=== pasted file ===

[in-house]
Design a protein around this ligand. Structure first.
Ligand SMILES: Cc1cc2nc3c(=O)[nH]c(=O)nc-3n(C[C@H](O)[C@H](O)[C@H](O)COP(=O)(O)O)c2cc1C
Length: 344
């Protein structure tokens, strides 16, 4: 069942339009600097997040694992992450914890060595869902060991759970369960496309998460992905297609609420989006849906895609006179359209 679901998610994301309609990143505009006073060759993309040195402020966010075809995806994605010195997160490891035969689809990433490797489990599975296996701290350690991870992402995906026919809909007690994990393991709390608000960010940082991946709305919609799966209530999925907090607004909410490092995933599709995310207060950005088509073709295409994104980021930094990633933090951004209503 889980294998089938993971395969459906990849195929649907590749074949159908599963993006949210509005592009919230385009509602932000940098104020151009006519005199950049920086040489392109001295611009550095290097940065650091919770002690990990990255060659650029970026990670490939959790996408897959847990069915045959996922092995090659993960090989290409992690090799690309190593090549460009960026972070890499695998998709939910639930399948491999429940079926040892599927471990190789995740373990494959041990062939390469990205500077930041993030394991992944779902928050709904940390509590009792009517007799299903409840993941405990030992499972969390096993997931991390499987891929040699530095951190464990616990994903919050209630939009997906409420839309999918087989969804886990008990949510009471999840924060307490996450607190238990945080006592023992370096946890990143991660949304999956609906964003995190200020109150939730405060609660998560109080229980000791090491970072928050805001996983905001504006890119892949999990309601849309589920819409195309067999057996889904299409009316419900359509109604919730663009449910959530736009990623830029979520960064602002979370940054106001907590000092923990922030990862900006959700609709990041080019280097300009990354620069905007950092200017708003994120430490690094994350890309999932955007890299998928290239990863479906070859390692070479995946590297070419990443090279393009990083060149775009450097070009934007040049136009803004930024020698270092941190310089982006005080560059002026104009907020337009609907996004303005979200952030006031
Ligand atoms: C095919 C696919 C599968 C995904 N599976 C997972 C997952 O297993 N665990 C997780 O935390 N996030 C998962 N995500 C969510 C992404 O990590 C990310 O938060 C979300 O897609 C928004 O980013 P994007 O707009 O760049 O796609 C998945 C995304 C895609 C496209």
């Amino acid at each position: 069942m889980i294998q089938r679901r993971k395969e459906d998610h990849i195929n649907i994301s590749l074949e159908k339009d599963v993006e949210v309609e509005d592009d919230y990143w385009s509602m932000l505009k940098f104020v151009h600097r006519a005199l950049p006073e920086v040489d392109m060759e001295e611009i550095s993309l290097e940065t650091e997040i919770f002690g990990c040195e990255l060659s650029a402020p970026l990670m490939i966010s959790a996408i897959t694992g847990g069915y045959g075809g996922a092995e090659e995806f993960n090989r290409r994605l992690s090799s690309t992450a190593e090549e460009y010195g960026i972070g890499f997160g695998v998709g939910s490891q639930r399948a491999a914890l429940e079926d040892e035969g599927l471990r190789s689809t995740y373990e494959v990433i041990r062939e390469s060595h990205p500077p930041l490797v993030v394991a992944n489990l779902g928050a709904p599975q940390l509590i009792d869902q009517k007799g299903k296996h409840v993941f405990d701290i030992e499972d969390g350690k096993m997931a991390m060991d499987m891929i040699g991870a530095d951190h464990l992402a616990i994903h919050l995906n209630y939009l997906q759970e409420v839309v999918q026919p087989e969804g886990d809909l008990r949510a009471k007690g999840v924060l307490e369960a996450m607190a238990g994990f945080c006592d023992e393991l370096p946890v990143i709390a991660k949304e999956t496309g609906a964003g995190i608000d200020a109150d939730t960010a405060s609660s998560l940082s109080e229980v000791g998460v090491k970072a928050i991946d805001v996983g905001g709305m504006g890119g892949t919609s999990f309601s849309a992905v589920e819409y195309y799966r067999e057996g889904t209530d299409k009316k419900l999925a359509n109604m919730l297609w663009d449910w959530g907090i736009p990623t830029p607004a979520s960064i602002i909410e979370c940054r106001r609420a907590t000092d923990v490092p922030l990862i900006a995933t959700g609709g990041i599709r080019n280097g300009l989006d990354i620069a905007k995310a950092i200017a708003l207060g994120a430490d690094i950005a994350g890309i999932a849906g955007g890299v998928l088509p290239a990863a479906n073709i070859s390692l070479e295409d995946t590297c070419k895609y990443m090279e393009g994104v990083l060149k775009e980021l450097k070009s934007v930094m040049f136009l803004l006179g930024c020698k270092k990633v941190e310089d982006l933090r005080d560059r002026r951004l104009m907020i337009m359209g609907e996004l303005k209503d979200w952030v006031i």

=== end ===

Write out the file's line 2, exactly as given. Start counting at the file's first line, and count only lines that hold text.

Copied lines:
Design a protein around this ligand. Structure first.